Syeda: It depends on their situation. Some HSE programmes would be a good fit for some of my friends and not for others. Being an international students’ representative at CISA (the Council of International Students Association—the student government body of international students at HSE University), I am often contacted by prospective students to discuss their prospects at HSE University. Things that discourage students from choosing HSE are insufficient opportunities for employment, financial and academic support. Things that attract students are HSE’s ratings and international recognition.
Ayodeji: Yes, I would gladly recommend studying at HSE University to friends, colleagues and students, as I believe it is an avenue to change your life for good.
HSE University remains a world-class institution and a degree here would certainly open career and professional opportunities
I would like to thank the Russian government for this great opportunity to study in a country that is friendly to African students. I also want to thank the Study Office of the Applied Economics programme, notably Natalia Puzyr and Oxana Budjko for their advice and assistance throughout my studies. I am very grateful.
Plans for the Future
Syeda: I plan to pursue a Doctoral degree in Economics or a related multidisciplinary field.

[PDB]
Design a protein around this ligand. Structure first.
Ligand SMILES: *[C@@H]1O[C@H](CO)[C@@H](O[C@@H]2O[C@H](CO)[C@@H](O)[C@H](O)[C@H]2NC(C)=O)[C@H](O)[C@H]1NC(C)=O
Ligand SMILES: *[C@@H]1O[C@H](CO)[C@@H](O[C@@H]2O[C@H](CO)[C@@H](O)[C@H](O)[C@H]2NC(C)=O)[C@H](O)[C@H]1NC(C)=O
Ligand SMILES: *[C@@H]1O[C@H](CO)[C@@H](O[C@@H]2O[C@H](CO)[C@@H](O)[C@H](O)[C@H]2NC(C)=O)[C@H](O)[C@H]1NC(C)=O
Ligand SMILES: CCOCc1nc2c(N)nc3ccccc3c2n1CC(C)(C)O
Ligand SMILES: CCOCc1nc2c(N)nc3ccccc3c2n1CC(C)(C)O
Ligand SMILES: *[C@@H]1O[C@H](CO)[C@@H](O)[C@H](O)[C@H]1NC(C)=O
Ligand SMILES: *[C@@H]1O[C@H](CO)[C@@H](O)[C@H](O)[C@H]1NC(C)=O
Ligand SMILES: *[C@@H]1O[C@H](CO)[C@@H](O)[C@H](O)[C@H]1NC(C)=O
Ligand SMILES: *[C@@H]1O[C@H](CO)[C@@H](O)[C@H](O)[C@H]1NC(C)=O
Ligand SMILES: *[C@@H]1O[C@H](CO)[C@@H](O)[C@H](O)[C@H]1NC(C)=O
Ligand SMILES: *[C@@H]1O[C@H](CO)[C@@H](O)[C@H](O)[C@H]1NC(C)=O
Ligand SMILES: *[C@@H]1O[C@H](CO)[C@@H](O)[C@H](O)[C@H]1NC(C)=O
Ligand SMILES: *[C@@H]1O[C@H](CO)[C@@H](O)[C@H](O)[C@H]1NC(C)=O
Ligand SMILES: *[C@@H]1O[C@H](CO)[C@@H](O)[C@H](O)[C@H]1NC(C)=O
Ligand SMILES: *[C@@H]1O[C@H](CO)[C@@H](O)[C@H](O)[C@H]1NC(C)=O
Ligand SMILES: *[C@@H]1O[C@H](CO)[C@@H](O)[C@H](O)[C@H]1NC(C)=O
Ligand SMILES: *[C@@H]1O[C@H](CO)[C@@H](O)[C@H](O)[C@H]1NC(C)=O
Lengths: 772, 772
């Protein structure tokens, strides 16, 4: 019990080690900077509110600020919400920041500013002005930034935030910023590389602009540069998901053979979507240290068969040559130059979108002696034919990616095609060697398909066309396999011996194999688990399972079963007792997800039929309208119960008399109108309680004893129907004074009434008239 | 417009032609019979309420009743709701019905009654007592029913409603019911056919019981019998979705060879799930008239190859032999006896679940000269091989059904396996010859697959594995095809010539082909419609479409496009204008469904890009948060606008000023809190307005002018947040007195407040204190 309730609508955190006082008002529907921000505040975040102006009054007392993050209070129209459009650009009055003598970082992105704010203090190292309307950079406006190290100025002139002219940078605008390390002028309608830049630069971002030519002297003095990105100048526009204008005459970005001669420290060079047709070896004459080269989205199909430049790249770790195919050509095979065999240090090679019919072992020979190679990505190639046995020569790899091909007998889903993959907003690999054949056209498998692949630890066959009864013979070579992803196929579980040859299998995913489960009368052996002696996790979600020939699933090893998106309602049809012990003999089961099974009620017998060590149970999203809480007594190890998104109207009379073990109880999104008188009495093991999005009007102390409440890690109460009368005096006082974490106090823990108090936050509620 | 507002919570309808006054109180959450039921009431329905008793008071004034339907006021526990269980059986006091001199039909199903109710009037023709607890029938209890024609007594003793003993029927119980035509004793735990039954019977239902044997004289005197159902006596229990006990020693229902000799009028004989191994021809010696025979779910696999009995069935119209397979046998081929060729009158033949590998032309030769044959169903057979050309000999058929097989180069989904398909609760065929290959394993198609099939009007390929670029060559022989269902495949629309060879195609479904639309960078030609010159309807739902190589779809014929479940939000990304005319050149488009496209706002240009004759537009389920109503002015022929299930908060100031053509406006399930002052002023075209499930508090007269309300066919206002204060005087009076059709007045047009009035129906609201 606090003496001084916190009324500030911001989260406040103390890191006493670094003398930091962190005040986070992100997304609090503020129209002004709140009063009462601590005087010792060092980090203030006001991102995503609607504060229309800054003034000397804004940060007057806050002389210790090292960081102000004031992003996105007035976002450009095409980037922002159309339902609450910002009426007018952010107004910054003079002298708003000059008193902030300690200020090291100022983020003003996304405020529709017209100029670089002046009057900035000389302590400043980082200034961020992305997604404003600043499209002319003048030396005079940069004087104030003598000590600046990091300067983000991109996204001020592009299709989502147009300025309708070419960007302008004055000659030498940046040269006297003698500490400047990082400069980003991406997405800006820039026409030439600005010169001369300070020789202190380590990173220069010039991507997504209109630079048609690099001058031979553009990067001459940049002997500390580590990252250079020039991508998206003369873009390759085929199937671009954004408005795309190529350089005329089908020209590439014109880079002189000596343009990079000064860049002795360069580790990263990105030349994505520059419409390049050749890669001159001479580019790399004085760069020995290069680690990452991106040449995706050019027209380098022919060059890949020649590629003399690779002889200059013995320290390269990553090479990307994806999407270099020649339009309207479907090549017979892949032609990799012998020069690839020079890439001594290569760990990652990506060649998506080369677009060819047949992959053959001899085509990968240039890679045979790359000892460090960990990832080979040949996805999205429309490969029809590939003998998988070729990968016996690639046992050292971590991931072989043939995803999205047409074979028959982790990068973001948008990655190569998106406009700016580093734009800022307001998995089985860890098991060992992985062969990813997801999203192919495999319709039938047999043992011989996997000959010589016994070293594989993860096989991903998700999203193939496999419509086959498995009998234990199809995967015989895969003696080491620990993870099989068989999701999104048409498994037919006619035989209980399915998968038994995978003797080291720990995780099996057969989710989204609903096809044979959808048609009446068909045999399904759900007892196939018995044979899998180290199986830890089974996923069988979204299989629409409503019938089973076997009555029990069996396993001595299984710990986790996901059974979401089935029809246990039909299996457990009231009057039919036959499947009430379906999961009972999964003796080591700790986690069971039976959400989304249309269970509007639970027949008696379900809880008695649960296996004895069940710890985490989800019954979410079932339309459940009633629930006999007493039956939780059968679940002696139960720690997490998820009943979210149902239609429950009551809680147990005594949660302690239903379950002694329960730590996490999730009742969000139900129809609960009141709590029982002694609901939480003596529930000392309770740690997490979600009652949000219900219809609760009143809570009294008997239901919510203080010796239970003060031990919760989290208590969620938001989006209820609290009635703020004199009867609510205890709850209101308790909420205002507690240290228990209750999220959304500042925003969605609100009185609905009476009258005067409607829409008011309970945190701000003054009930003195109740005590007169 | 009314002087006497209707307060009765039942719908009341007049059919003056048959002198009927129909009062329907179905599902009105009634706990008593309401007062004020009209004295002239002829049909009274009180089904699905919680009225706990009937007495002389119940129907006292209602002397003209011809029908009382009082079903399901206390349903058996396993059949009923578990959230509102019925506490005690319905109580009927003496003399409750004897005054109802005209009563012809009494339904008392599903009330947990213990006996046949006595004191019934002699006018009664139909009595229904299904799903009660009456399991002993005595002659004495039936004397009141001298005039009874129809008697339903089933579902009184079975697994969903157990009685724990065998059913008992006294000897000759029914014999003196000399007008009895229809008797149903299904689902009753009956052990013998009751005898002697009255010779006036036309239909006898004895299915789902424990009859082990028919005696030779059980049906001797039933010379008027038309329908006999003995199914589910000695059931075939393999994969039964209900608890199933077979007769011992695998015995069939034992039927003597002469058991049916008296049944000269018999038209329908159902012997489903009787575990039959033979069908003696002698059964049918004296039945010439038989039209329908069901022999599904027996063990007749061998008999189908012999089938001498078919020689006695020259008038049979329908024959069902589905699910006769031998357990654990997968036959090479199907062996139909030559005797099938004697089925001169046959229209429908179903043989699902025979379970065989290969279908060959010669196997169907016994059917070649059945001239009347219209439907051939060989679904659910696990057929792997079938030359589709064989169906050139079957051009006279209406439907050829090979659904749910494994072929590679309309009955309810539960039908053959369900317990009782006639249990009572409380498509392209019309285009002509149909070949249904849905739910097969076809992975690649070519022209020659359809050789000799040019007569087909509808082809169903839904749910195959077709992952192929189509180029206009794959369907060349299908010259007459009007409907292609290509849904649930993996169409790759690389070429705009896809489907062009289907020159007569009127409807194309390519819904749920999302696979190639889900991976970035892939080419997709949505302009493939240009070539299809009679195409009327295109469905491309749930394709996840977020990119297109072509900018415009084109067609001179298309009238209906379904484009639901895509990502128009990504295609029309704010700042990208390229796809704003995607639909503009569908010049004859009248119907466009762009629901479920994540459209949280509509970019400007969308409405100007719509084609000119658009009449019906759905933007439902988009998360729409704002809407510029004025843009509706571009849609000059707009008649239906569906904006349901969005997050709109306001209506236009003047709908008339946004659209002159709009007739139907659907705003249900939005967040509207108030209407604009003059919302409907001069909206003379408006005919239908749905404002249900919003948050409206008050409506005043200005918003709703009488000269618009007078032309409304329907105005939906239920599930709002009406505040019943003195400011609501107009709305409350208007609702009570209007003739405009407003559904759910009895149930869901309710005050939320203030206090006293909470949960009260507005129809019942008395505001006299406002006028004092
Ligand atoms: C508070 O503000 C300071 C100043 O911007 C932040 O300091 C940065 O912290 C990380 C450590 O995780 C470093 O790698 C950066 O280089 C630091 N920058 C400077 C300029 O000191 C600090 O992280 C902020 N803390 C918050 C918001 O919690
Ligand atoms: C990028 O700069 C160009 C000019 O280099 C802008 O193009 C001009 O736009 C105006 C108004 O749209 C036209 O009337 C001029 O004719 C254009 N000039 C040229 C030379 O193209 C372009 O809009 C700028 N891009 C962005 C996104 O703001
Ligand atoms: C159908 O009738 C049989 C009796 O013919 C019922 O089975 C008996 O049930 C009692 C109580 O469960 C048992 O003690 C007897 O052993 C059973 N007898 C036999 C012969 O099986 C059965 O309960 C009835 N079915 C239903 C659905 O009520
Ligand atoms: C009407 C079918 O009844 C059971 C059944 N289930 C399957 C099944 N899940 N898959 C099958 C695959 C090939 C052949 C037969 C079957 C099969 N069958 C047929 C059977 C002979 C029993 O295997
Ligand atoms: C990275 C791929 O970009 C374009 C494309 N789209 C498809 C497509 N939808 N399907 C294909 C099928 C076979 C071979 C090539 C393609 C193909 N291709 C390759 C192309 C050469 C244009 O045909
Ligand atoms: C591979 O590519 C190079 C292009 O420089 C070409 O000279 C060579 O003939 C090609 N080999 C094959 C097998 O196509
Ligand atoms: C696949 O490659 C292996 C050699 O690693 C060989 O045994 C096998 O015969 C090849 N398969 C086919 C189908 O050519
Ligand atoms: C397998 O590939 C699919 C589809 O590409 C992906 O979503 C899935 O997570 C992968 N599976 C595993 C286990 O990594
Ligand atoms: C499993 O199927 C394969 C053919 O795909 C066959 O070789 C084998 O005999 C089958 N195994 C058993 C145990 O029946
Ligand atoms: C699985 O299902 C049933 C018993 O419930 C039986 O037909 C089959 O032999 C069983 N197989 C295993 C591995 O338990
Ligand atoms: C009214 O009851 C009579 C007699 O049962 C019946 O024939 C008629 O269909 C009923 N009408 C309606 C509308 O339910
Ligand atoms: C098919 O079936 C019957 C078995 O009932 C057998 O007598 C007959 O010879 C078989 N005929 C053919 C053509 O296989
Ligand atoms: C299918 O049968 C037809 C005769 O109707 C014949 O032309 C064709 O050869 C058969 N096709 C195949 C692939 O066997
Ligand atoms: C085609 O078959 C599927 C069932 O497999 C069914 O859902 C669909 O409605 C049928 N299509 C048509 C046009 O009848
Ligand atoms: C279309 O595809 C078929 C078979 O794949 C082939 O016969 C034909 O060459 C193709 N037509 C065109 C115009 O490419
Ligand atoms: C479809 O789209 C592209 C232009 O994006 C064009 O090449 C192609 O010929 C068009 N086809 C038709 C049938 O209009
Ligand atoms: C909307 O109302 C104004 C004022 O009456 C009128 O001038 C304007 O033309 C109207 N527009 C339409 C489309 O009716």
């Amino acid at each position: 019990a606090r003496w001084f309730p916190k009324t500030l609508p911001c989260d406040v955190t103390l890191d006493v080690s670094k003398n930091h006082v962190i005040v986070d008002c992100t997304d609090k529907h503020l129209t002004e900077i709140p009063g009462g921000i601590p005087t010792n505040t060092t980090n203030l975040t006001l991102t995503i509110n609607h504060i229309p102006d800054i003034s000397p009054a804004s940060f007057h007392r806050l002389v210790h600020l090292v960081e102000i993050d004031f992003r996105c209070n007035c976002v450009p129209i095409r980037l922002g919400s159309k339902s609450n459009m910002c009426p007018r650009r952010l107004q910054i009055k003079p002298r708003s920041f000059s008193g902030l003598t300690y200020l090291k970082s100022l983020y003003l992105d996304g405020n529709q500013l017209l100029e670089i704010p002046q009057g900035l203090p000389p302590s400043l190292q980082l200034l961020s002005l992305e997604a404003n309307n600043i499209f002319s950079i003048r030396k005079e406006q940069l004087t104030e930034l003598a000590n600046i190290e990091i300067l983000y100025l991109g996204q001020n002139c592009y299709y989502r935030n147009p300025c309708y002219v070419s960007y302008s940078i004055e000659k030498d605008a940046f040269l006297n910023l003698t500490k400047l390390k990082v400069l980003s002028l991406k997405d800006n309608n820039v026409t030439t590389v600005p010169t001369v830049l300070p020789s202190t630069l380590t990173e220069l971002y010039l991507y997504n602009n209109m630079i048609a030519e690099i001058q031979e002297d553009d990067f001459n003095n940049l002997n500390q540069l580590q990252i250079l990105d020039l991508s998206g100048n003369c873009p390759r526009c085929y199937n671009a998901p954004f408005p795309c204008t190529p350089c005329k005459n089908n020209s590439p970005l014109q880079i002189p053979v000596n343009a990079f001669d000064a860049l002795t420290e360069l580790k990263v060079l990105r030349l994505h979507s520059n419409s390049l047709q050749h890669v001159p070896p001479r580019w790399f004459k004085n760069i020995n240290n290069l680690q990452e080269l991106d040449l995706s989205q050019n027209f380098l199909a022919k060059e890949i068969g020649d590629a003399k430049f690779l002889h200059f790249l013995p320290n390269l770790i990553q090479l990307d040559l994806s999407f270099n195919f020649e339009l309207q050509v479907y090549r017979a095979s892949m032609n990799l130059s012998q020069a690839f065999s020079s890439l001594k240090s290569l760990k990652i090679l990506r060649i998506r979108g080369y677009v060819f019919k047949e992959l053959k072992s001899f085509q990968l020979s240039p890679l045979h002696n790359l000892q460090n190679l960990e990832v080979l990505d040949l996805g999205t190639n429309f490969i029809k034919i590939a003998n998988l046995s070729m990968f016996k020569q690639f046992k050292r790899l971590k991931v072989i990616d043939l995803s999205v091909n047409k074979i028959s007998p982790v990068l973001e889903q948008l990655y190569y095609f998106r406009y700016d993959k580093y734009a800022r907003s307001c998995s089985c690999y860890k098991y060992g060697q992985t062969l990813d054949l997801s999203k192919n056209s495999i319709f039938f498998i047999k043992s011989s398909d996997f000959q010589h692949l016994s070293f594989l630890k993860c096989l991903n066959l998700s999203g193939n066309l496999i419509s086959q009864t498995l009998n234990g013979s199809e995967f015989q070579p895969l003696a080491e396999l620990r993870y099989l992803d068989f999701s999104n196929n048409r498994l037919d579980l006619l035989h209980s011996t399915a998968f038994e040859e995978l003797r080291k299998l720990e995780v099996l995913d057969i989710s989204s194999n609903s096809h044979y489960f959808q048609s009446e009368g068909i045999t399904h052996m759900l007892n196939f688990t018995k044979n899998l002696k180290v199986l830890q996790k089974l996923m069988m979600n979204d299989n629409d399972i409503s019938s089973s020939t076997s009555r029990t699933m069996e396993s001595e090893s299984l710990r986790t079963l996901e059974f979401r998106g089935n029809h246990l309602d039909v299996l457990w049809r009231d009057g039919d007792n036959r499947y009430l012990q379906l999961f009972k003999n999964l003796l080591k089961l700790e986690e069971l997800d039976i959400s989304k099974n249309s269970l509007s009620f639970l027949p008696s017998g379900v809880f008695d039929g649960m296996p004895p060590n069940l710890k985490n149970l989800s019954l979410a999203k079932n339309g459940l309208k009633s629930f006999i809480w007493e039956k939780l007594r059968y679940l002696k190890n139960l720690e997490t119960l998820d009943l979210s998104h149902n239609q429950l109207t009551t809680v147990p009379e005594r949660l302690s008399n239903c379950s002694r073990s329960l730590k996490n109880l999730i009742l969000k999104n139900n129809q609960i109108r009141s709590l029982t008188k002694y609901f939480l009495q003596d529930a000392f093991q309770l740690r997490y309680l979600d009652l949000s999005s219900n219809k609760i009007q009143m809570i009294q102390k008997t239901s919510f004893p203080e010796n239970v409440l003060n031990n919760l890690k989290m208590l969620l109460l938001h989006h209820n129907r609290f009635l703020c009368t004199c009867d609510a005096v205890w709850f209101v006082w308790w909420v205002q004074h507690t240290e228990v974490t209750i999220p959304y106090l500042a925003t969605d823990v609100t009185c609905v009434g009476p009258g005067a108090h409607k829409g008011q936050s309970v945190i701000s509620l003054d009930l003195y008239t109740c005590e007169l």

Ayodeji: The next step for me is to enrol in a doctoral degree with HSE University. I have been involved in academia for close to a decade, and my motivation remains strong. I see myself in the next five years as a tenured professor in my field at a top university, and also as a key player in world public policy, especially relating to issues in developing countries.
A doctoral degree is not the end in itself; it is just an entry point into the public space in terms of participatory politics, nation building and contributing to the development of my continent.
I am now of the strong view that professionals like myself who have studied outside their home countries should join participatory politics to better the lots of the upcoming generations to shape new narratives and achieve sustainable development
Vahhab: As I’m completing my current programme, I have decided to apply to another HSE master’s programme: Business Analytics and Big Data Systems. I believe that knowledge of big data will be crucial in developing future business processes, and I am sure that another education at HSE University will help me acquire the necessary knowledge in this sphere. In the future, I would like to be able to contribute to the development of international projects.
Cemal Eren Arbatli
Associate Professor, Department of Theoretical Economics
Senior Lecturer, School of Finance